Pokémon GO PvP Guide

pokemon go pvp

Posted on February 3rd, 2020, 10:56 PM by Terry Kim

Updated on February 3rd, 2020, 10:56 PM

A single post for you to read and learn all the basics needed for Pokémon GO's newly launched PvP!

PvP launched in Pokémon Go! Here is a general guide for the people who haven't spent a lot of time on it, and would like to read up on how to be better, and win against players around the world!

The basics

How it works

This newly added mode of PvP - global matching and rating system - works in sets of 5. You start by signing up for a GO Battle league set, a set of 5 matches. Your first set will be initially unlocked, and each further set can be unlocked by either advancing to the next rank, walking 5 Kilometers after your set is finished, or paying a variable amount of Pokécoins - the cost of which decreases along with the remaining distance needed to unlock the next set for free. This payment cost starts at a 200 coins, appearing once you have walked 2km since the last match of the previous set- only to steadly fall.

Each match within the set functions independently, and you can leave and adjust your battle party anytime you are not in a direct match itself.

Rules

There are no special rules - they are mostly similar from your typical Pokémon GO battles; This means no Ditto or Shedinja. Sorry folks! However, legendaries and mythic Pokémon are definitely included, so you can pick out whichever legendary you would like to use.

Also, for players that aren't used to PvP at all, PvP happens in "turns" that just happens fast, and do not stop for you. Each move has "how many turns" it takes to use. Look up the information on wiki-like sites, like Gamepress! And remember, madly tapping as fast as you can will not make your attacks go any faster than it already can.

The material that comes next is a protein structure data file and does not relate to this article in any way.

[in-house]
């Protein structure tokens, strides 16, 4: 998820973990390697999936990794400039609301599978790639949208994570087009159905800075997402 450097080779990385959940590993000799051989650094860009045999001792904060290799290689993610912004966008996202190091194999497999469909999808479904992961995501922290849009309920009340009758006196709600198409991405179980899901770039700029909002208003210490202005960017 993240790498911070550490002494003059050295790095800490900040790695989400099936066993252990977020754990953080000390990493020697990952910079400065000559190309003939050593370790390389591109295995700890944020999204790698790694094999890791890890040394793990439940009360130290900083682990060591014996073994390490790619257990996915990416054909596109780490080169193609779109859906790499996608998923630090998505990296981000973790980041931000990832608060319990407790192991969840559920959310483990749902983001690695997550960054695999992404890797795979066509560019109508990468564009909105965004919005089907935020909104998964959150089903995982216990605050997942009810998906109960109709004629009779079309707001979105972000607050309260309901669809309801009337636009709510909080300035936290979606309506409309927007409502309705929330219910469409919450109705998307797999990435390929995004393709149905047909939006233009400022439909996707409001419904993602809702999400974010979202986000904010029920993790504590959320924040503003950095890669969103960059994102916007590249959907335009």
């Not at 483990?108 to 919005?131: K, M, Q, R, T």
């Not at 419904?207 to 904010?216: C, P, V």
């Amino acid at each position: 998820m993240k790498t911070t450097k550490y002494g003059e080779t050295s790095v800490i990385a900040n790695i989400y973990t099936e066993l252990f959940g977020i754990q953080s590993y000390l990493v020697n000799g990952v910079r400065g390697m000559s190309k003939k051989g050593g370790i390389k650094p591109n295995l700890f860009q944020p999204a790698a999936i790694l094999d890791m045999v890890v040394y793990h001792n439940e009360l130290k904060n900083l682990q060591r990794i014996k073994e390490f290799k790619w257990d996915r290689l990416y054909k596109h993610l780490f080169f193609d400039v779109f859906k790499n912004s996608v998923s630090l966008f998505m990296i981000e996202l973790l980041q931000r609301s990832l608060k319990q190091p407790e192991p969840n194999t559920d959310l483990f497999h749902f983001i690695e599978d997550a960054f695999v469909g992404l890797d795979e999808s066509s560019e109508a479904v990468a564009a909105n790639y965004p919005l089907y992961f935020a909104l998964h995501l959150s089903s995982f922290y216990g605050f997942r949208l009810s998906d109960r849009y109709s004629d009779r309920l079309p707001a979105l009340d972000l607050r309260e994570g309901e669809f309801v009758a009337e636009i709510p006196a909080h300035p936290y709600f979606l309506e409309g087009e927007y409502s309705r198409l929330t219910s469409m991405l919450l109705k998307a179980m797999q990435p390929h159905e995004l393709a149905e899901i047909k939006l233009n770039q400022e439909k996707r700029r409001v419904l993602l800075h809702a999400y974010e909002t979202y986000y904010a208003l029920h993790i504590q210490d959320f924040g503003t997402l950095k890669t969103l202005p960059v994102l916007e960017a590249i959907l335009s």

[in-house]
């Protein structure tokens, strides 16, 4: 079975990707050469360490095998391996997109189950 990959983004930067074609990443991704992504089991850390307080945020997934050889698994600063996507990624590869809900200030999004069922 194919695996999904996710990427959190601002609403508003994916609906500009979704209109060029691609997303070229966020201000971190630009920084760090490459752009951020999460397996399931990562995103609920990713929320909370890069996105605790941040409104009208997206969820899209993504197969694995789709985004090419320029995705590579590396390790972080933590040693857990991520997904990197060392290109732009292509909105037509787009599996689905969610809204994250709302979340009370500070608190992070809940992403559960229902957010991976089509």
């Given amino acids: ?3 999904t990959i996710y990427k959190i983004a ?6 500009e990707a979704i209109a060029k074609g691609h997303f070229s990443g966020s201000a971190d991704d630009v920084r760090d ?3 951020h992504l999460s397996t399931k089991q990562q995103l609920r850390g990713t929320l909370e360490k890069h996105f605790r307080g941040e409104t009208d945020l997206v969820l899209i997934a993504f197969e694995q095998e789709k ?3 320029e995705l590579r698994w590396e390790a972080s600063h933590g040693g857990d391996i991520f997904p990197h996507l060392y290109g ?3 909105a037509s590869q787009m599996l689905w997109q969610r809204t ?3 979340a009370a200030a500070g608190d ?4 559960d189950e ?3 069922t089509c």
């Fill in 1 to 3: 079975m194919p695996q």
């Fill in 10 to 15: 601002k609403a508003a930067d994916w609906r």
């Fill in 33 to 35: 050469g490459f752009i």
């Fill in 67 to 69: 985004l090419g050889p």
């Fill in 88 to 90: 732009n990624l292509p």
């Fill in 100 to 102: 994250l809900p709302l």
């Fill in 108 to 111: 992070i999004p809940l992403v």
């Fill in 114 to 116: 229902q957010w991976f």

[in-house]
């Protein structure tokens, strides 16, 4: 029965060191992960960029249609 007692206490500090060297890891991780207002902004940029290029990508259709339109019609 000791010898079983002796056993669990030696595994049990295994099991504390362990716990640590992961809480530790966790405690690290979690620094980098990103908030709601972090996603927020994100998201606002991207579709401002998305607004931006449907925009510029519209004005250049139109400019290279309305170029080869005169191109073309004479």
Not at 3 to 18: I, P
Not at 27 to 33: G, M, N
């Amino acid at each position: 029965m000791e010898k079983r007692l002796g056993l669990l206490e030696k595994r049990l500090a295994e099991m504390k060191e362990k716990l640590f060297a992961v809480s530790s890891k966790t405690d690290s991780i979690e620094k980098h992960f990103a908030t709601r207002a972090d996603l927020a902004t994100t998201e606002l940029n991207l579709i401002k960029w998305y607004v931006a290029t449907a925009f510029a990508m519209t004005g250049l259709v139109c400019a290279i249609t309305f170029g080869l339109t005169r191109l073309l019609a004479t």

Rewards and Tiers

You can earn one reward per match won within the set (premium battles, from sets started with premium passes, give better rewards).

Rewards include: Stardust / Rare Candy / Charged TM / Pokémon Encounter / Mystery item

Ranks 1-3

  • Rank1: Your starting rank
  • Rank2: Complete 5 battles
  • Rank3: Complete 5 more battles

Available encounters: Snorlax, Snivy, Tepig, Oshawott, and Machop - with Snorlax being the first encounter.

Ranks 4-6

  • Rank4: Complete 5 more battles (total: 15)
  • Rank5: Win 5 new battles
  • Rank6: Win 7 more battles (total: 12)

Available encounters: Scraggy, Meditite, Skarmory - with Scraggy being the first encounter.

Ranks 7-10

  • Rank7: Win 10 more battles (total: 22)
  • Rank8: Battle rating of 1800+
  • Rank9: Battle rating of 2100+
  • Rank10: Battle rating of 2700+

Available encounters: Lapras, Shieldon, Deino, Larvitar, Litwick

Schedule

The current season is for Great Leagues only, lasting until Feb 10. It will be followed by Ultra League, from Feb 10 to Feb 24, then Master League, from Feb 24 to Mar 9.

Tactics

Team composition

Your team should compose of ones that complement each other, by covering for each other's weaknesses. Flygon, Lugia, and Bastiodon would be one example, where Flygon's double weakness to ice & weakness to fairy will be covered by Bastiodon, Bastiodon's double weakness to fighting and ground ould be covered by Lugia's double resistance to fighting and ground, while Lugia's weakness to rock, ice, and electric would be covered together by Bastiodon and Flygon. This would leave only three uncovered weaknesses, dark, water and ghost- across the entire team, and other members can still switch in without being hit for super effective!

Better picks for Pvp

Pokémon great for Raid and Gym battles are not guaranteed to be great in PvP. In fact, for CP-capped leagues (Great & Ultra), ones with lower Attack values are preferred, due to the way CP is weighted. 1 Attack counts as ~9 CP, while 1 Defense or 1 Stamina counts as ~4 or 5 CP. For this reason, Lugia is a more preferred pick than Ho-oh, and Deoxys-D more preferred than any other form. Also, this means that a low-attack, high-defense&stamina mon is usually preferred, barring special cases!

Also very important is its move-typing. Unlike Raids, uniform-type movesets are less desirable in PvP. A fast attack of one type, and charged moves of at least one different type is preferred, so that you can have super-effective coverage against multiple types. Some pokémon pack charged moves that would be supereffective against what would normally be considered a counter to them, like the Azumarill - with Ice Beam, to threaten grass-type attackers.